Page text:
I must publicly thank the former chief executive of Independent Newspapers, Ivan Fallon, for allowing me to embark on this 17-year adventure. I express my appreciation to both him and the current chief executive, Tony Howard, for the support and backing they have provided, often under trying circumstances, without ever attempting to dictate or interfere in the editorial policy of Personal Finance.
My final thanks go to you, our readers. We have been here because of you. If we had not been doing our job of providing you with useful information, I doubt Personal Finance would have survived.
I will not be disappearing altogether. I will continue to be associated with Personal Finance, mainly in a writing capacity. I remain deeply committed to the objectives of Personal Finance – most importantly, placing the reasonable aspirations of the users of financial products above all else.
WHY I CHOSE A LIVING ANNUITY AND NOT A GUARANTEED ANNUITY
I’ve been challenged a number of times in recent months – sometimes by some not very nice people – to state publicly whether or not I will be financially secure in retirement; in the case of the not-very-nice, hoping that I will not.
Other people have asked politely what type of annuity I will be purchasing.
I think the questions are valid. I pontificate to others, so have I followed my own advice? Here are the answers.
To start with, I have been a member of Independent Newspapers’ defined contribution (and defined benefit) pension fund for 37 years. I have been a trustee of the fund for the past 15 years.
Have I saved enough?
My pension, based on an annual drawdown rate of five percent from an investment-linked living annuity (illa), will equate to about 100 percent of my current pensionable income. Various guaranteed annuities also provide about the same replacement rate.
The defined contribution fund aims to provide a pension of 75 percent of final pay cheque after 40 years of membership.
Fortunately, I belong to a fund that is administered well and cost-efficiently. I also picked up the benefit of the closure of a defined benefit fund – and shared in the surplus – that was converted to a defined contribution fund.
The only “trick” on my part was to keep my retirement savings invested until retirement.
I also go into retirement with no debt that must be paid off and with discretionary savings apart from my pension benefits.
My other non-tax-incentivised discretionary savings are ring-fenced for specific purposes:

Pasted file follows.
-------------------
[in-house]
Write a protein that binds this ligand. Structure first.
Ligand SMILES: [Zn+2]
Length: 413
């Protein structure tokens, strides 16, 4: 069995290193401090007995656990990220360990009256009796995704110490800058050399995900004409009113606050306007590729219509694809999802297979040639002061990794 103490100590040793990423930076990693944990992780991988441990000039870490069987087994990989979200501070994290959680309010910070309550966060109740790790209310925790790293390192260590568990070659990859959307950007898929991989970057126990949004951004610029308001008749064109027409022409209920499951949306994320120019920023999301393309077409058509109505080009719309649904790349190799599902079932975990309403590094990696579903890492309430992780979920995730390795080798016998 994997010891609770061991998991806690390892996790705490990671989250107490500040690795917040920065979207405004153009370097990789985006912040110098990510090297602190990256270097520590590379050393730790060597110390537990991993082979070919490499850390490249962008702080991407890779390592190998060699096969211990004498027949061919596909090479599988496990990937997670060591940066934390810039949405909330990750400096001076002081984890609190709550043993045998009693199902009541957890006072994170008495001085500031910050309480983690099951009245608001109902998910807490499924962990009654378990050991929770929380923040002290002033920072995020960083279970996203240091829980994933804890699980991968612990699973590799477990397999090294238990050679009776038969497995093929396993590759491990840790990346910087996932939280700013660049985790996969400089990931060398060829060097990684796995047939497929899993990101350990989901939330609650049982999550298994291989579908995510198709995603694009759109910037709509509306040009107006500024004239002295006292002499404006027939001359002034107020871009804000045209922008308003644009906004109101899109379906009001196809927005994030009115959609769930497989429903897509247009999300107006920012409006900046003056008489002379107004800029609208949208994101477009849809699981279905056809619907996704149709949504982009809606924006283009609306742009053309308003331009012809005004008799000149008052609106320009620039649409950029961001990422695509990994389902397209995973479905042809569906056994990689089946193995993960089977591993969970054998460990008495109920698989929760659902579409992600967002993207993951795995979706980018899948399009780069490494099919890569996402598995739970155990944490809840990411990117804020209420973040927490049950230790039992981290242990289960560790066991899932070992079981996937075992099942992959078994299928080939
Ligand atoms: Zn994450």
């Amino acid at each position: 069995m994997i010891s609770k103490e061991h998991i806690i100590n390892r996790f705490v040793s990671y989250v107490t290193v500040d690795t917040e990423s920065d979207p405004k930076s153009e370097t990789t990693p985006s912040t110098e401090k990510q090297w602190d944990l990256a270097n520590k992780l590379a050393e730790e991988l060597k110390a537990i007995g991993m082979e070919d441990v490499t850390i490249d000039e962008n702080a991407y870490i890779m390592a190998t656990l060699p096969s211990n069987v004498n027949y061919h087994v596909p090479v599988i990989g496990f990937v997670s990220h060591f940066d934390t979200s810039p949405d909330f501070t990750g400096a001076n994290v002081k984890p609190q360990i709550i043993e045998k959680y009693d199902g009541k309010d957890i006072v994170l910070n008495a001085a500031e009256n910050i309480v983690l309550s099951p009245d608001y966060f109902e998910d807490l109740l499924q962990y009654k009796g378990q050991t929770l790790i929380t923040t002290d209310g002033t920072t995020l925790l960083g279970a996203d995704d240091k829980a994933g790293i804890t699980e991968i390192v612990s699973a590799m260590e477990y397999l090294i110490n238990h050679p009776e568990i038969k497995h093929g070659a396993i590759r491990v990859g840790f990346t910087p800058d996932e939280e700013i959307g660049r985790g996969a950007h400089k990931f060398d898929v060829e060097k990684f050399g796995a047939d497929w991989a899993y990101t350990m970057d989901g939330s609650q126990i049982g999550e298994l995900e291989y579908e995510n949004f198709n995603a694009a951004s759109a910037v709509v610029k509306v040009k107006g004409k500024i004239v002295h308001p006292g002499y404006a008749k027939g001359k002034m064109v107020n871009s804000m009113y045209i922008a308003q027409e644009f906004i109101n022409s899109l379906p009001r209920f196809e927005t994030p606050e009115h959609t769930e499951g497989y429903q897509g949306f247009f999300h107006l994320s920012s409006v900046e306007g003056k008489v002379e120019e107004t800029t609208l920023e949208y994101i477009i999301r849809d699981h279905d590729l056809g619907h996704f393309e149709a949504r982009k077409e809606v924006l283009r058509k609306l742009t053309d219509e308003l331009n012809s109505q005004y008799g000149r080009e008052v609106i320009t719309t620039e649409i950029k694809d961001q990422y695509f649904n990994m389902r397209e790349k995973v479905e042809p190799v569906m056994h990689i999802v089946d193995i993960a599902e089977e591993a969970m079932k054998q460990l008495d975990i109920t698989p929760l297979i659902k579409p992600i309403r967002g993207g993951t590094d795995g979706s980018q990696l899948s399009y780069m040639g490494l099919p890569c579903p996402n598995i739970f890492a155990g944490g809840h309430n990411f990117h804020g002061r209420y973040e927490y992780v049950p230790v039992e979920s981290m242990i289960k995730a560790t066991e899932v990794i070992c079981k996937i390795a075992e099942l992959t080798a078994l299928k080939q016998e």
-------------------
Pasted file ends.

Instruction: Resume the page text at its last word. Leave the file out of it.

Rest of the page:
I also have a retirement annuity (RA) fund that forms part of my estate planning but will, if necessary, serve as a top-up pension. I will continue to contribute to the RA in retirement because of the tax advantages.
I did not achieve this financial security because I have any special knowledge of investment markets. I have simply saved and preserved more than 10 percent of my income for many, many years, mainly in my occupational retirement fund, unit trust funds and, more recently, ETFs (using a share-trading platform rather than the expensive ETF investment platforms). Compounding returns have done the rest.
And my choice of pension?
First, let me sound a word of warning: no one should try to emulate what I have done. The structure that I outline here is suitable for my requirements based on what I have, what I need and what I do not need. What I am trying to show here is that there are logical reasons for my choice of annuity.
For a number of reasons, I have decided not to use a traditional guaranteed annuity, and instead use an illa. My reasons include:
An illa enables me to draw down a far lower pension than I would otherwise receive if I purchased a guaranteed annuity. There are tax advantages to this, and I defer paying income tax on the difference between the income from my illa and what would have been a higher income from a guaranteed annuity. This difference remains invested, earning tax-free returns.
Research has shown that, under most realistic market conditions, a drawdown rate of 2.5 percent from a reasonably structured investment portfolio will ensure that your retirement capital will last virtually forever. Therefore, I do not need the guarantees provided by a traditional annuity.
If I required a drawdown rate of five percent or more, I would definitely have considered an inflation-linked annuity or a with-profit annuity (where the pension increases are determined by the returns achieved in the portfolio). I would want the annuity to be joint and survivorship and have a guarantee that it would be paid for at least 10 years even if I died, and then for life if I did not die within the 10-year period.
The cushion against the effects of market volatility has influenced how I have structured my illa’s underlying investments, which is as follows:
If I needed to draw down five percent or more every year from my illa, and in the unlikely event that I decided not to convert to a guaranteed annuity, I would have a lower allocation to equities.
This is how things stand today; tomorrow could be very different. What scares me most is what would happen if I suffered from dementia in the future and made the wrong financial decisions.
Over the next few months, I am going to decide on the default dates by when I should no longer be working, and when I should hand over the management of my finances to someone who will make the right decisions – again, that would be another reason to consider a guaranteed annuity.
And no, I am not going to tell you which annuity provider I am using. However, it is the one with the lowest costs and it allows me to buy securities directly, mainly ETFs, rather than use unit trust funds, which are becoming increasingly expensive and cost-complex with their performance fees.